Emoji Fragmentation

Emoji Fragmentation describes two problems in the beloved world of emoji:

  1. Different platforms (and versions of platforms) support different sets of emojis.
  2. The same emojis look differently across platforms.
Example of emoji fragmentation with the Drooling Face emoji.
Drooling Face emoji. Emoji images: © Apple, Samsung, Google, Microsoft

In the first case, an emoji you send to a friend might render as a placeholder box if it’s not available on her platform. In the second case, the meaning of what you want to convey might change slightly or sometimes drastically. While emoji support and visual styles seem to be converging over time across platforms, fragmentation still remains a problem.

I’ve been known to consult the excellent Emojipedia before sending a sensitive message to make sure my intentions remain clear emoji-wise when received on a different platform. This is a cumbersome process so it was time to automate it.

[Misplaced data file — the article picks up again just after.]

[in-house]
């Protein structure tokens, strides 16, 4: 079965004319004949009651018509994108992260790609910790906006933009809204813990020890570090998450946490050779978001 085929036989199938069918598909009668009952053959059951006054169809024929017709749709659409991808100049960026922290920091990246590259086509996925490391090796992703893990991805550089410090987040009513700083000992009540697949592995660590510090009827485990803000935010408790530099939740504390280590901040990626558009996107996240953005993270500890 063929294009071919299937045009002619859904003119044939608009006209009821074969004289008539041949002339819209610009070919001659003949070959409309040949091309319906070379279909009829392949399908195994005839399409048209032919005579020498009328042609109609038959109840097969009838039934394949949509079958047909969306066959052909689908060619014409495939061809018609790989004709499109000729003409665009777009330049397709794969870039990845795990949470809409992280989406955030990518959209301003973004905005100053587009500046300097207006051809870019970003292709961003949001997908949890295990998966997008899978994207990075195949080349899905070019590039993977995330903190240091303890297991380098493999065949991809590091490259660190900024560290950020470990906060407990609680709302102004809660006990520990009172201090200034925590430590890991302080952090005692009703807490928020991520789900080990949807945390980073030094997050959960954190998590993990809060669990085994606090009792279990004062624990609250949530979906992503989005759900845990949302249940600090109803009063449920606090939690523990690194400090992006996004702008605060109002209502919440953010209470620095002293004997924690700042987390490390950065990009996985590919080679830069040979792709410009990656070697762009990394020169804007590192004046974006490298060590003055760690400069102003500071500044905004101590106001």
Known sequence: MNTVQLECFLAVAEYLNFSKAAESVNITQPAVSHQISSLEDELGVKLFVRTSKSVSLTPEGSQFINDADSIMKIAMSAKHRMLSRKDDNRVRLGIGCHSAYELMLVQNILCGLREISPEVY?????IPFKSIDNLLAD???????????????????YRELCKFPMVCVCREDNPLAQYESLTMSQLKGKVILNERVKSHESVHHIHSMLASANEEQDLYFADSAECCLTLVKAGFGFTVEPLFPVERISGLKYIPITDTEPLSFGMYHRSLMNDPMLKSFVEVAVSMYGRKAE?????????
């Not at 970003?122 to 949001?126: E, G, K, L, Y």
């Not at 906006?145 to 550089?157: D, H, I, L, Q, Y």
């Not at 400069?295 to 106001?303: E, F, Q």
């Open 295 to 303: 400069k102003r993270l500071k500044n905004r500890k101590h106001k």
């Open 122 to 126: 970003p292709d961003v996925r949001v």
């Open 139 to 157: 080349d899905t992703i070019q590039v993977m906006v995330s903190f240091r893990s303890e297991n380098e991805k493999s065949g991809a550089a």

Screenshot
The shortcut in action for the monocle emoji. Face expressions differ significantly.

The result is this shortcut for the iOS Shortcuts app. It expects a single emoji character on the clipboard and shows you how it will look across platforms. You can trigger the shortcut from the share sheet, Notification Center or Siri. That way, you don’t have to leave your messaging app to compare emojis.

Limitations

The shortcut only shows the current version of an emoji for each platform. If the receiver is on an older version, the emojis might still look different.

Since there is no Emojipedia API, the shortcut works by scraping the corresponding Emojipedia entry. In case the site updates its HTML structure, the shortcut will most likely break.

Conclusion

Emojis are serious business. Download the shortcut here.